This Forgotten Cigarette Stock Could Give You a 12% Return This Year

NEW YORK (TheStreet) -- There is one cigarette stock with a whopping 4.7% dividend yield and surprisingly solid growth for a business in a slowly declining industry. Since 2008, this company has grown revenue-per-share by 9% a year and dividends-per-share by about 12% a year. Over the next five years, it is expected to grow earnings-per-share at 7.5% a year. The company's current dividend yield of 4.7% plus its expected earnings-per-share growth of 7.5% a year could give shareholders a total return of 12.2% a year for the next several years.

What cigarette company is generating strong double-digit returns for shareholders? This company is the only stock in the Top 10 for those who follow The Eight Rules of Dividend Investing that also passes the Chowder Rule test.

It is none other than Philip Morris International (PM) . Philip Morris International was created in 2008 when Altria (MO) spun-off its international tobacco division. Philip Morris International sells Marlboro, Parliament, and Virginia Slims (among other brands) internationally. The company has no sales in the U.S.. Despite this, Philip Morris International is the largest tobacco company in the world with a market cap of $131 billion.

Growth Prospects

Philip Morris International has managed to grow earnings-per-share and dividends-per-share despite overall volume declines in the cigarette industry. The company has accomplished this through share repurchases and through the strength of its premium Marlboro brand. Since 2008, Philip Morris International has reduced its net share count by 4.2% a year.

The Marlboro brand has given Philip Morris International large market share around the globe. The company grew market share in the European Union (now up to 39.7%), North Africa, and Russia in its most recent quarter. The company has grown revenue at 4.4% a year since 2008 thanks to market share gains and price increases, which have more than offset volume declines.

Philip Morris International has proven over the past seven years that it can raise prices as fast as governments increase cigarette taxes. Tobacco products are highly addictive and, as a result, the demand curve for tobacco products is inelastic; consumers will not cut back much despite price increases.

Going forward, Philip Morris International should be able to continue growing earnings-per-share somewhere between 6% and 9% a year. The company will realize this growth through market share gains in the premium cigarette category, strong share repurchases, and price increases that offset the negative effects of cigarette tax increases.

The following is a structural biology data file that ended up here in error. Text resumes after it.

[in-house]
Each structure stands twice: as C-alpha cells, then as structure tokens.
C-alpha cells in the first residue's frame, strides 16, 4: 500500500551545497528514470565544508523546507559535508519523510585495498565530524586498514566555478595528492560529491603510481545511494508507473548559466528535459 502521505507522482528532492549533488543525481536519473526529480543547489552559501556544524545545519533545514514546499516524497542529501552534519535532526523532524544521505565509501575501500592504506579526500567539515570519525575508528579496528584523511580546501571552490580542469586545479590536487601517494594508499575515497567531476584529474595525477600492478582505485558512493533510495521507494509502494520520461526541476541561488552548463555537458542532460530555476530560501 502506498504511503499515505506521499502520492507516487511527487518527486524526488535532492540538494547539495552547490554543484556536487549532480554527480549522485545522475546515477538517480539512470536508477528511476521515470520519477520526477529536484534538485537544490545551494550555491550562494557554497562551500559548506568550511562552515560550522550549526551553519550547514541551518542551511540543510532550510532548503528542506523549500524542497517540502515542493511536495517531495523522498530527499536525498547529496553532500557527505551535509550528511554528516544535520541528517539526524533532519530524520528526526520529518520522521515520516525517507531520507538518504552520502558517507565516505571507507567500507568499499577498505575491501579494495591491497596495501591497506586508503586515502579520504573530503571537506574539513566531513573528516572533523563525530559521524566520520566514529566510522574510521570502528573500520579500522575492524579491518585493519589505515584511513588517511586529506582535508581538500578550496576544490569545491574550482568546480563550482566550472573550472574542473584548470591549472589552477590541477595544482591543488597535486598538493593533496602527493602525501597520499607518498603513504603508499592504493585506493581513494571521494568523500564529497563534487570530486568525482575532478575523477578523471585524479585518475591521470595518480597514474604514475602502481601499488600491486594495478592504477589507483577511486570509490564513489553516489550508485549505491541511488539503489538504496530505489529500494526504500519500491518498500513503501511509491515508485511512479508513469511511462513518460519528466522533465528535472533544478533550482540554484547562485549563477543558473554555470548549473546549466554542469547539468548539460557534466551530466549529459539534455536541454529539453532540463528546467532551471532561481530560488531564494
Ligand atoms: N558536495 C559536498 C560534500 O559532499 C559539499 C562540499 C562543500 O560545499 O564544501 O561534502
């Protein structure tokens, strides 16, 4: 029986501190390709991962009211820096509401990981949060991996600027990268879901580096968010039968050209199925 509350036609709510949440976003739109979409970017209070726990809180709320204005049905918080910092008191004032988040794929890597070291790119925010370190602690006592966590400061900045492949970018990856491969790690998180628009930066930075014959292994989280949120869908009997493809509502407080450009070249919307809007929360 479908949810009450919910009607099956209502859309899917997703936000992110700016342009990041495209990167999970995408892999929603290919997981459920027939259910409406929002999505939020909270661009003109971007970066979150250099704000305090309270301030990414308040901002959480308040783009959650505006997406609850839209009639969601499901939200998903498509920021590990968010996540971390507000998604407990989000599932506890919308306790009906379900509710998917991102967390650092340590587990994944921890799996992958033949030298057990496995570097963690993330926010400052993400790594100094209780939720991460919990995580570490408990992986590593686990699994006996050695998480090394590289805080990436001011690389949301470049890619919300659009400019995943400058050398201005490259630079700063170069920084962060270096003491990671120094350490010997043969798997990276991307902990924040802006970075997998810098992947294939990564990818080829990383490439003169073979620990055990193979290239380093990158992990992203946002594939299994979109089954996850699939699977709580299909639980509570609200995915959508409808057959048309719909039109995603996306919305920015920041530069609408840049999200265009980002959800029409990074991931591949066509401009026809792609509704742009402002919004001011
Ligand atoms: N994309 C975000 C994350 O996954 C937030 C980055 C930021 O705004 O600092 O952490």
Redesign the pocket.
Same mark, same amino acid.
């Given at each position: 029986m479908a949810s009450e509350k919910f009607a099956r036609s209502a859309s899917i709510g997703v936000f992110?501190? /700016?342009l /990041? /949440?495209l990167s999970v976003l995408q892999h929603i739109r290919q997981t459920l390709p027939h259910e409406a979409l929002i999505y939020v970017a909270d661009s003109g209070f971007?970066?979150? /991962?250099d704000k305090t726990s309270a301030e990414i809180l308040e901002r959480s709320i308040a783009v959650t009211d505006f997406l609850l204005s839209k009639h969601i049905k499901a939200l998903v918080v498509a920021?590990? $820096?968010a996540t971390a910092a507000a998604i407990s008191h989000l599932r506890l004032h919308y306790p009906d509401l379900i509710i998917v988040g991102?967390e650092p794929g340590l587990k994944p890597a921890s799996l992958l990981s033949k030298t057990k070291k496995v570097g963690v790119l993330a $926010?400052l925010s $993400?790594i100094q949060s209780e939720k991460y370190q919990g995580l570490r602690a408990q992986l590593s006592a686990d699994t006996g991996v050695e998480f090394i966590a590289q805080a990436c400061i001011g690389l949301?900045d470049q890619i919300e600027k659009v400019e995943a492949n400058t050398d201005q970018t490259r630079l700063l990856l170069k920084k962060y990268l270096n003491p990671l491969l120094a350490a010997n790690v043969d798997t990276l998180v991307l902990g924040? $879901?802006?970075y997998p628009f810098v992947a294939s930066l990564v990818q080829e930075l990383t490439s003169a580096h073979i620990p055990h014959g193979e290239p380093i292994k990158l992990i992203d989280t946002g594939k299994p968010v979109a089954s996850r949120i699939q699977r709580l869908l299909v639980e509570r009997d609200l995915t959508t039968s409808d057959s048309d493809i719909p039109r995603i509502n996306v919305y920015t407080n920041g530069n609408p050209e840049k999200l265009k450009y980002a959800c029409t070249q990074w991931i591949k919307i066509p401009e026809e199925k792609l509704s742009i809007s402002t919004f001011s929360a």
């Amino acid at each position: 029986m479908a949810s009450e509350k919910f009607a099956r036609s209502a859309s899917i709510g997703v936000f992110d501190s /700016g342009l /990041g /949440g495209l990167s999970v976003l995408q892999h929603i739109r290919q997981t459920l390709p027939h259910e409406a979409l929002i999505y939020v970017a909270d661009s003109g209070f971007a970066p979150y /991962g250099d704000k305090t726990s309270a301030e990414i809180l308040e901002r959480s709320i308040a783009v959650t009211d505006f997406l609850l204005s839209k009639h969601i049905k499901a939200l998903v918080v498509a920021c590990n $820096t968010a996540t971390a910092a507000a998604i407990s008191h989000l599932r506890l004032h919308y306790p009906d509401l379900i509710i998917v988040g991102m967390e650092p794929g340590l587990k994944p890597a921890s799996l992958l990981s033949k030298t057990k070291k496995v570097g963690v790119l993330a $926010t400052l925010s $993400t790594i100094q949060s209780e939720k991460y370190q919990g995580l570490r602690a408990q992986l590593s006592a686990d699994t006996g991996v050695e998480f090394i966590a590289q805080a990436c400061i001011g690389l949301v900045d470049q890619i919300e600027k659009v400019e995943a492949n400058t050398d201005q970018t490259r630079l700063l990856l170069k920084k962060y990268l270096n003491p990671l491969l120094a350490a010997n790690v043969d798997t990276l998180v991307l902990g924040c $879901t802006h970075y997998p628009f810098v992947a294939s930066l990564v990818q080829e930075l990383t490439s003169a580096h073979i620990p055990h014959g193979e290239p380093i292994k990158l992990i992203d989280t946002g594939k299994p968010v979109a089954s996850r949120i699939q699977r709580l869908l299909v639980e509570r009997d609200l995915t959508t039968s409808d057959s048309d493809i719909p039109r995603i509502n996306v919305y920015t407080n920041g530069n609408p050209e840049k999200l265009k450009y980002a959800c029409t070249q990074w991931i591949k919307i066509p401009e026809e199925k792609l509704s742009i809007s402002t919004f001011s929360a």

Heated Tobacco and The Future

Philip Morris International is investing in heated tobacco products, e-cigarettes that heat tobacco without burning it. These "safer cigarette" products deliver the same nicotine buzz and taste as a traditional cigarette, but with less harmful side effects (not healthy; just less harmful). E-cigarettes and heated cigarettes are expected to deliver significant growth for Philip Morris International in the coming decade.

Valuation

Philip Morris International is currently trading at a price-to-earnings ratio of 17 which is well below the S&P 500's current price-to-earnings ratio of 19.1. Historically, the company has traded at a price-to-earnings ratio of about 0.9x the S&P 500's price-to-earnings ratio.

Investors will eventually catch on to Philip Morris International's market-beating expected total return and drive the company's price-to-earnings ratio above that of the S&P 500's to reflect its better return potential. I believe a fair price-to-earnings ratio premium for Philip Morris International is about 1.05 to 1.1 times the S&P 500's price-to-earnings ratio. The company appears somewhat undervalued at this time.

Philip Morris International is also trading below its peer group's price-to-earnings ratios:

  • Altria (MO) price-to-earnings ratio of 24.9
  • British American Tobacco (BTI) price-to-earnings ratio of 19.2
  • Reynolds American Tobacco (RAI) price-to-earnings ratio of 23.2
  • Lorillard (LO) price-to-earnings ratio of 20.9
  • Vector Group (VGR) price-to-earnings ratio of 25.3

The average peer price-to-earnings ratio is 22.7, versus just 17 for Philip Morris International. Compared to the S&P 500 and its peers, Philip Morris International appears undervalued.

Final Thoughts

Philip Morris International is an industry leading corporation that sells a highly addictive product with extremely strong and well-recognized brands. The company is very shareholder friendly with its 4.7% dividend yield and 4% or more per year share repurchases.

Despite being in a declining market, Philip Morris International is projected to grow dividends and earnings at a reasonable pace. The company is a favorite of The 8 Rules of Dividend Investing thanks to its high dividend yield, strong expected total return, and reasonable valuation. The company should appeal to shareholders who are looking for both high current income and increasing dividends going forward.

This article is commentary by an independent contributor. At the time of publication, the author held no positions in the stocks mentioned.

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